Skip to content ↓

MIT novelist Lightman compares science, writing

Alan Lightman
Alan Lightman

MIT physicist and acclaimed novelist Alan Lightman gave a talk recently on his twin careers in science and writing, urging students to "find something you love, something you are passionate about, something that you feel compelled to do."

Lightman's award-winning fiction includes the novels "Einstein's Dreams" and "The Diagnosis." Last year, he published "A Sense of the Mysterious," a series of essays exploring the power of metaphor and imagination in science and the different uses of language in science and in literature.

Lightman's talk, titled "The Physicist as Novelist," was delivered Monday, March 6, in Evansville, Ind. In it, he traced how he found two fields -- science and art -- and two methods of inquiry to feel passionate about.

Describing himself as "fortunate to make a life in both and even to find creative sympathies between the two," Lightman sketched both the differences and the "substantial common ground of the physicist and the novelist."

One difference, he said, is in the way writing works in each field. In science writing, as in expository writing, "it is excellent form to begin each paragraph with a topic sentence. A topic sentence names the idea of the paragraph.

"But in fiction writing, a topic sentence is usually fatal. Because the power of fiction writing is emotional and sensual, you want your reader to be blindsided, to let go and be carried off to that magical place. Every reader will travel differently, depending on his own life experiences. Telling your reader at the beginning how she is supposed to feel about something cancels the trip," he said.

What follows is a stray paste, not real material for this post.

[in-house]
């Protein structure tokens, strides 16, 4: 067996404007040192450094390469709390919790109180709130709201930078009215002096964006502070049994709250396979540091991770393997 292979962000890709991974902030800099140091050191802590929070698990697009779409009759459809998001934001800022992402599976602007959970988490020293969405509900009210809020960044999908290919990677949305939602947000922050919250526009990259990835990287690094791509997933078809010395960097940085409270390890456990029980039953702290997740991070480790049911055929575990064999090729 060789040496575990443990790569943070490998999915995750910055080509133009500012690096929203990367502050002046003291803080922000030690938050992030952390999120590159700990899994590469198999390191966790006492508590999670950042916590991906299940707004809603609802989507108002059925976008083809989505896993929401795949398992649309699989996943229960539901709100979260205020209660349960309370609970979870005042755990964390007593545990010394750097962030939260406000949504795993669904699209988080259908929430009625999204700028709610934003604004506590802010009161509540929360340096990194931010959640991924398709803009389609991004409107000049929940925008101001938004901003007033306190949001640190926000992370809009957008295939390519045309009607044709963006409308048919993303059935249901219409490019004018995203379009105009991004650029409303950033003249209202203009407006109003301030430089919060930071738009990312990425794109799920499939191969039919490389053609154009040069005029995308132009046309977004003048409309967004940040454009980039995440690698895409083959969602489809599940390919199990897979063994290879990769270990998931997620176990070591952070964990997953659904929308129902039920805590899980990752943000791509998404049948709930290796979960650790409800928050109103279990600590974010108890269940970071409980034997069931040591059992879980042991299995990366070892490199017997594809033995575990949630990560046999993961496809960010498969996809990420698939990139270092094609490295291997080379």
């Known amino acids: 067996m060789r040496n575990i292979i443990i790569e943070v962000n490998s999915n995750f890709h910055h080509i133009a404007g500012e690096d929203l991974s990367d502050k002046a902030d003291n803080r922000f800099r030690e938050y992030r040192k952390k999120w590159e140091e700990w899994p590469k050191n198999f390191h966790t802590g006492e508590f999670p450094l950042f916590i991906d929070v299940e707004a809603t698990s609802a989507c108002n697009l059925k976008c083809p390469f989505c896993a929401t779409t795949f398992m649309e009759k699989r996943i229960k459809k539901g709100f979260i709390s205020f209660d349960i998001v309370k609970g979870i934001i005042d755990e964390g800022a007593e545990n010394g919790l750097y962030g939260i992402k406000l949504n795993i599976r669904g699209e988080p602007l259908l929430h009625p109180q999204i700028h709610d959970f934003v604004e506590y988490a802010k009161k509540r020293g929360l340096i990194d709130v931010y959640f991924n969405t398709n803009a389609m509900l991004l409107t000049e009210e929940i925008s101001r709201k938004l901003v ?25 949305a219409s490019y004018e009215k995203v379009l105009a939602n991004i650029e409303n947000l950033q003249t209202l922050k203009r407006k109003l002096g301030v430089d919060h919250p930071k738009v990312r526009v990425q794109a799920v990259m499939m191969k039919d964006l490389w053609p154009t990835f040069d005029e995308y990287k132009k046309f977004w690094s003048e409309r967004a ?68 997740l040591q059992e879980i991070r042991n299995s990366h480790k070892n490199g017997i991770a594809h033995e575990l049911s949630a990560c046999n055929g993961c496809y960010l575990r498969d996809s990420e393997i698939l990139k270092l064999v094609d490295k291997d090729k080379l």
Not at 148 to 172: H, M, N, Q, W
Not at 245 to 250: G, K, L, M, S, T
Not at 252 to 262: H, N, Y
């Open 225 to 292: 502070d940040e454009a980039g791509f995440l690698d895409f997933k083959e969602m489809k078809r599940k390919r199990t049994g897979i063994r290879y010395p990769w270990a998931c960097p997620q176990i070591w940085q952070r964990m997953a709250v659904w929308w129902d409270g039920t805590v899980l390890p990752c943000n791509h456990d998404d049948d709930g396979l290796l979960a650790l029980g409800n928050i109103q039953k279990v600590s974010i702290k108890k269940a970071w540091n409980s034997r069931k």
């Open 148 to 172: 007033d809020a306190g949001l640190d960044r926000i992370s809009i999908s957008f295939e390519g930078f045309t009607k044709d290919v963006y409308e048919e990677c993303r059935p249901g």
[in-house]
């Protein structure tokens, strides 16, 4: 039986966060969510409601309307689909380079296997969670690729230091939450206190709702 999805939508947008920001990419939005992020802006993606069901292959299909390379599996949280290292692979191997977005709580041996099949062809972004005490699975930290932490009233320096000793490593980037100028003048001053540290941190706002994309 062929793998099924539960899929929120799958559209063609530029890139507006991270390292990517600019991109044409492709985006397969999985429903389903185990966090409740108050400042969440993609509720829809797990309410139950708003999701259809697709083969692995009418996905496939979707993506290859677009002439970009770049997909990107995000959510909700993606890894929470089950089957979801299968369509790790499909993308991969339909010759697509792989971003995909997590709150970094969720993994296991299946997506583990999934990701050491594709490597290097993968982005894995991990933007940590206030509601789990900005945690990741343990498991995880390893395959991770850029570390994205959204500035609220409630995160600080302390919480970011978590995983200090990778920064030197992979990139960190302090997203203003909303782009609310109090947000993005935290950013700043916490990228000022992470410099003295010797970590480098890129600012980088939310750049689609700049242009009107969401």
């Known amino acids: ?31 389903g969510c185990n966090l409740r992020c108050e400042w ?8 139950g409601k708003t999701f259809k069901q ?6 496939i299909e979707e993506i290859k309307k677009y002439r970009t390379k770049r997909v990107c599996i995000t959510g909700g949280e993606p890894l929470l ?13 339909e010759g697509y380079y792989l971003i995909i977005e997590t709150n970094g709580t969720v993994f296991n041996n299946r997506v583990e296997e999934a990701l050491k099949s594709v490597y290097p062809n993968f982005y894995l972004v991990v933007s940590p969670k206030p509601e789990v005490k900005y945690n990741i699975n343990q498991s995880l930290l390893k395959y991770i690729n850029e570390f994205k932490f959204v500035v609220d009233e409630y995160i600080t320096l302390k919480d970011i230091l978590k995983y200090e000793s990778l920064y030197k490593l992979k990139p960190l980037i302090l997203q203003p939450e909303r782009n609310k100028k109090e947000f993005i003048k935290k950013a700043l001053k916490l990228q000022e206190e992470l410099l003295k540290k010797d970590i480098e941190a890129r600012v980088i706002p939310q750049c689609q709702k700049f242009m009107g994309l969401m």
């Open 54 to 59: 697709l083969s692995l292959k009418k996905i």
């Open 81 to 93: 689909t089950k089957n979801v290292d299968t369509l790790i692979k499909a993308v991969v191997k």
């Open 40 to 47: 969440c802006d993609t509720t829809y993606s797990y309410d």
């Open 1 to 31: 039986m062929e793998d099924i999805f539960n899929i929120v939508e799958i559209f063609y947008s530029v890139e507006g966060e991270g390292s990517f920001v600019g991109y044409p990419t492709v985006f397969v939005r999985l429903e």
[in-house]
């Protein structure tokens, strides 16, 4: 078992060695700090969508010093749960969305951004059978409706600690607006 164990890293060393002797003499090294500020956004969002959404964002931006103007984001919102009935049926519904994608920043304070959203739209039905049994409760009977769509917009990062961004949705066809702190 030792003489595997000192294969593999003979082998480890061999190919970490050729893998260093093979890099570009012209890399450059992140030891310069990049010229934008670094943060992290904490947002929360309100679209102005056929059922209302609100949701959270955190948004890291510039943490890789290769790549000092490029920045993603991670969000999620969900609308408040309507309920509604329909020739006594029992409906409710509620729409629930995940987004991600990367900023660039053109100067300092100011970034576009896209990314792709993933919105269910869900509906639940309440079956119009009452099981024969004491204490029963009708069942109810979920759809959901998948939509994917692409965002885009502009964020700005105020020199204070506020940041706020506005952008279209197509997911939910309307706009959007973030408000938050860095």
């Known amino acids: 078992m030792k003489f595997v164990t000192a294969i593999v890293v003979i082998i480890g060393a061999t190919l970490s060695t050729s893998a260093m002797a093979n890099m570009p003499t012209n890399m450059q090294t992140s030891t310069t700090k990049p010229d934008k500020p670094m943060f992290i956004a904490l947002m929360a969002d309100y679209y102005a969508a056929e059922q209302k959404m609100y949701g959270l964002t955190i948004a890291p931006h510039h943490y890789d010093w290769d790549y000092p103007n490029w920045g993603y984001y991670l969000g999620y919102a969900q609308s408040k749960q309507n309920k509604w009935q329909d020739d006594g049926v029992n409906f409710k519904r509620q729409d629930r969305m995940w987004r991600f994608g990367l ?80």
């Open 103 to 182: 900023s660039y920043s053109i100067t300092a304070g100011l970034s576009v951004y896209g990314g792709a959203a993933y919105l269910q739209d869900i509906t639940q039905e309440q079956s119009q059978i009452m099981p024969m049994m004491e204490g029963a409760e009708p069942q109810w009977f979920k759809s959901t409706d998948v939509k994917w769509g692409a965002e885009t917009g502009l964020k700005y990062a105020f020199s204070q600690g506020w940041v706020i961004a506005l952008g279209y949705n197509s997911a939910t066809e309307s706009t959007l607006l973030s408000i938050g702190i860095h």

But that "substantial common ground" encompasses more than technique, according to Lightman, for scientists and artists alike seek beauty, simplicity, truth and the fleeting, powerful elixir: inspiration.

"You've all seen paintings or heard musical compositions where you felt that not a single brush stroke or note could be changed. The same is true of Maxwell's theory of electromagnetism, or Einstein's theory of gravity, or Weinberg's theory of the weak force. Nothing can be changed without destroying the entire theory," he said.

As for truth, "both the novelist and the scientist are seeking truth -- for the novelist, truth in the world of the mind and the heart; for the physicist, truth in the world of force and mass. In seeking truth, both the novelist and the scientist invent," he said.

More common ground between science and art is the source and shape of invention, said Lightman.

"An experience that that scientist and artist share, a most extraordinary experience, is the creative moment," said Lightman, whose first experience with that moment occurred when he was a graduate student in physics working on an unsolved research problem.

"The physical sensation was that my head was lifting off my shoulders. I felt weightless. I was floating. And I had absolutely no sense of my self. I had a strong sense of seeing deeply into this problem and understanding it," he said. In fact, after months of work, he had solved his research problem.

Lightman, an adjunct professor of humanities, has taught at MIT since 1989, when he was appointed professor of science and writing and senior lecturer in physics. He co-founded the MIT Graduate Program in Science Writing in 2001.

In November, he will be presented the 2006 medal for contributions to science and society from Sigma Xi, the scientific research society.

A version of this article appeared in MIT Tech Talk on April 5, 2006 (download PDF).

Related Links

Related Topics

More MIT News